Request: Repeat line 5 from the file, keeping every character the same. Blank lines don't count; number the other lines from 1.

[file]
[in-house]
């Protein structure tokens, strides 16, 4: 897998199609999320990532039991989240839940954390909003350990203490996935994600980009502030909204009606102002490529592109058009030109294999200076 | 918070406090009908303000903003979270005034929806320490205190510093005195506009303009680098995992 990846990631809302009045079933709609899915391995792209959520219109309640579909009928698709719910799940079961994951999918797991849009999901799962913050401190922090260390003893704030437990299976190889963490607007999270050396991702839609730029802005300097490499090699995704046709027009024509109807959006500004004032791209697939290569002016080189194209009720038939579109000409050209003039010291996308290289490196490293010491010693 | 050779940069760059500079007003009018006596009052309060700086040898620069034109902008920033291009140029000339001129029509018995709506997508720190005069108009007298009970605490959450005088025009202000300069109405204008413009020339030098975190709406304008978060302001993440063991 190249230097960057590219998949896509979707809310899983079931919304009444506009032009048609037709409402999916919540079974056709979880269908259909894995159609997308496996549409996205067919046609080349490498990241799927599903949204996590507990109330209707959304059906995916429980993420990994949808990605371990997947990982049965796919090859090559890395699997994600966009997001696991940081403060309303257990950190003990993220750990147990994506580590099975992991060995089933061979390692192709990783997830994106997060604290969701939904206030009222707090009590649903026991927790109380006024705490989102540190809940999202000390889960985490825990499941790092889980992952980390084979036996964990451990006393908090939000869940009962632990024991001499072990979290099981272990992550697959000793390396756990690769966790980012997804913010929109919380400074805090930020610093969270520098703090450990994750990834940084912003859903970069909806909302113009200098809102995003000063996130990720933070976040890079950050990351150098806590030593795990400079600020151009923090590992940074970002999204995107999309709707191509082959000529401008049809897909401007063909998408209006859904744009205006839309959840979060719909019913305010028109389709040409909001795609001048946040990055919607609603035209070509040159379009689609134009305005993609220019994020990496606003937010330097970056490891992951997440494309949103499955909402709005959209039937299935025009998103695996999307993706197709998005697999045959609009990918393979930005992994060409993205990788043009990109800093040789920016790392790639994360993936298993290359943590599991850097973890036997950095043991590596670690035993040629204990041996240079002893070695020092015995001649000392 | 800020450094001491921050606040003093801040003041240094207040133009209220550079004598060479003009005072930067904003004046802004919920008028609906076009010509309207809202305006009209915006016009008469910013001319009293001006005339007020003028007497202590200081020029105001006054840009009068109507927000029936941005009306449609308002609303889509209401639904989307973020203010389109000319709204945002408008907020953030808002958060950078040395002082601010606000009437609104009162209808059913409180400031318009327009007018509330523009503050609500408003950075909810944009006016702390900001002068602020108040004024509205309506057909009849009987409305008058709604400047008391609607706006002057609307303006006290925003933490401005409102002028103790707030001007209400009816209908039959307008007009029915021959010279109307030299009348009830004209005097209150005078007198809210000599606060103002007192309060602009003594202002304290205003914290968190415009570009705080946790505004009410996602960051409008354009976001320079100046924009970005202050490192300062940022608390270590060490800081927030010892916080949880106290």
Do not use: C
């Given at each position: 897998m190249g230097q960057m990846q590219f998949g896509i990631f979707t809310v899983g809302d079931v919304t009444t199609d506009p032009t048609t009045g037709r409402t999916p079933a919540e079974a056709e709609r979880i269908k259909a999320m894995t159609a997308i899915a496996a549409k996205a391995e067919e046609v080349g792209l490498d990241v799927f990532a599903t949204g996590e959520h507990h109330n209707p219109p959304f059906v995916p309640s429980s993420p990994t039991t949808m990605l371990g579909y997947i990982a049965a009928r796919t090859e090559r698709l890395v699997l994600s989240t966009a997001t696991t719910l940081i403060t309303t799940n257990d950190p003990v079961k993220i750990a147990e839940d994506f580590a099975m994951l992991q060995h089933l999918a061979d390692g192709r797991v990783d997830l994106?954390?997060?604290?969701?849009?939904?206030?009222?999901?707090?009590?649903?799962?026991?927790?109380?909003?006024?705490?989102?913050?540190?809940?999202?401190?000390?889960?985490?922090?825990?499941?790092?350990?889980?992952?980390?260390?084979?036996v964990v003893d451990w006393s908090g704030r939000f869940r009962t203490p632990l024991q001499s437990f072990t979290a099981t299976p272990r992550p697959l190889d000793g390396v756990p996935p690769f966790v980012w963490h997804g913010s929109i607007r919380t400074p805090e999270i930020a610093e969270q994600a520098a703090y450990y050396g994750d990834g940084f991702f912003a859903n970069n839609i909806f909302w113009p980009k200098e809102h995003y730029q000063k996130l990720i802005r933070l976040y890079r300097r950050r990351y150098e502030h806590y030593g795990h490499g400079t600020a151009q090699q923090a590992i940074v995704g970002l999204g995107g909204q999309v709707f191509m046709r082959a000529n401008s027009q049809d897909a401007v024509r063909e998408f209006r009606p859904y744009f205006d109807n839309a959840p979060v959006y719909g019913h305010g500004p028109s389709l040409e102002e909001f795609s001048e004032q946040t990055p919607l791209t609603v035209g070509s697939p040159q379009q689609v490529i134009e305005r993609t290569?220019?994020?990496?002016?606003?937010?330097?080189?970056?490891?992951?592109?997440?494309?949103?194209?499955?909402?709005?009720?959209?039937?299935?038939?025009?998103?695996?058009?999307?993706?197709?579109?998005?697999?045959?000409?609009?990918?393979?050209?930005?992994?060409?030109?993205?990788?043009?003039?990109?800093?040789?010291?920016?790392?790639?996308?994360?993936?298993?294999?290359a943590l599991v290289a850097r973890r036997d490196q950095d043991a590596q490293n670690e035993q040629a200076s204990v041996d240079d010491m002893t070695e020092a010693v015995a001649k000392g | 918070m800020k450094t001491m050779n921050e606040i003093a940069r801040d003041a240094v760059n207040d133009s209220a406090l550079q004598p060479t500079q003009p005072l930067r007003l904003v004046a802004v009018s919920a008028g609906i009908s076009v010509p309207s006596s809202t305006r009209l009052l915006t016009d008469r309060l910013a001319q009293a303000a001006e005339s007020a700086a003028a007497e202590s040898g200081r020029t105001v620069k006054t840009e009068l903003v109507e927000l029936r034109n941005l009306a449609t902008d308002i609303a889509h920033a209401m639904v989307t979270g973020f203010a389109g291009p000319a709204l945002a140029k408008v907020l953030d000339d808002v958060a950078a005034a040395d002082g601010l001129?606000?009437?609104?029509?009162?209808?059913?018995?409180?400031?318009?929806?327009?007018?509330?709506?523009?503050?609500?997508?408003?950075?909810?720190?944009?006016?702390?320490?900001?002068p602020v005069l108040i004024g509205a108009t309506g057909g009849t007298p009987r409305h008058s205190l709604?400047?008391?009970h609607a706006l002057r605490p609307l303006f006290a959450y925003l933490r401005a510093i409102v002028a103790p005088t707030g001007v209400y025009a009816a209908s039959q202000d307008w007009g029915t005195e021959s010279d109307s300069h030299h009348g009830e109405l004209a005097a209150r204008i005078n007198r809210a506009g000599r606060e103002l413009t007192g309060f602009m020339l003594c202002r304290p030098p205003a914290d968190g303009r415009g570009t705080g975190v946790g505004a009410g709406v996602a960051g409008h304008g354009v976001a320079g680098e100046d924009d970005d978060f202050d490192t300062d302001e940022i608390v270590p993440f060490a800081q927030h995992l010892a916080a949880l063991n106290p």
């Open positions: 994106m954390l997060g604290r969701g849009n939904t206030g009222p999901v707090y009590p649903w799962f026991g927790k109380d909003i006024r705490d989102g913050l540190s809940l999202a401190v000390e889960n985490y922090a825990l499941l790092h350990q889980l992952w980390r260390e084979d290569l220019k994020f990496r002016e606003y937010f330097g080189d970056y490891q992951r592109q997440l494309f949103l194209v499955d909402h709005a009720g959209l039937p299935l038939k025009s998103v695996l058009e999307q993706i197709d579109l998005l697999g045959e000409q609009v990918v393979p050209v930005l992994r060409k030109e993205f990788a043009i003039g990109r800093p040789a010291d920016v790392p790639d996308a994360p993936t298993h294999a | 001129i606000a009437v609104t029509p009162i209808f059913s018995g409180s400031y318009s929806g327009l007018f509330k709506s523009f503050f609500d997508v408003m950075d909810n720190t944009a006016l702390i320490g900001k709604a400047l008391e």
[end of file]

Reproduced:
């Open positions: 994106m954390l997060g604290r969701g849009n939904t206030g009222p999901v707090y009590p649903w799962f026991g927790k109380d909003i006024r705490d989102g913050l540190s809940l999202a401190v000390e889960n985490y922090a825990l499941l790092h350990q889980l992952w980390r260390e084979d290569l220019k994020f990496r002016e606003y937010f330097g080189d970056y490891q992951r592109q997440l494309f949103l194209v499955d909402h709005a009720g959209l039937p299935l038939k025009s998103v695996l058009e999307q993706i197709d579109l998005l697999g045959e000409q609009v990918v393979p050209v930005l992994r060409k030109e993205f990788a043009i003039g990109r800093p040789a010291d920016v790392p790639d996308a994360p993936t298993h294999a | 001129i606000a009437v609104t029509p009162i209808f059913s018995g409180s400031y318009s929806g327009l007018f509330k709506s523009f503050f609500d997508v408003m950075d909810n720190t944009a006016l702390i320490g900001k709604a400047l008391e």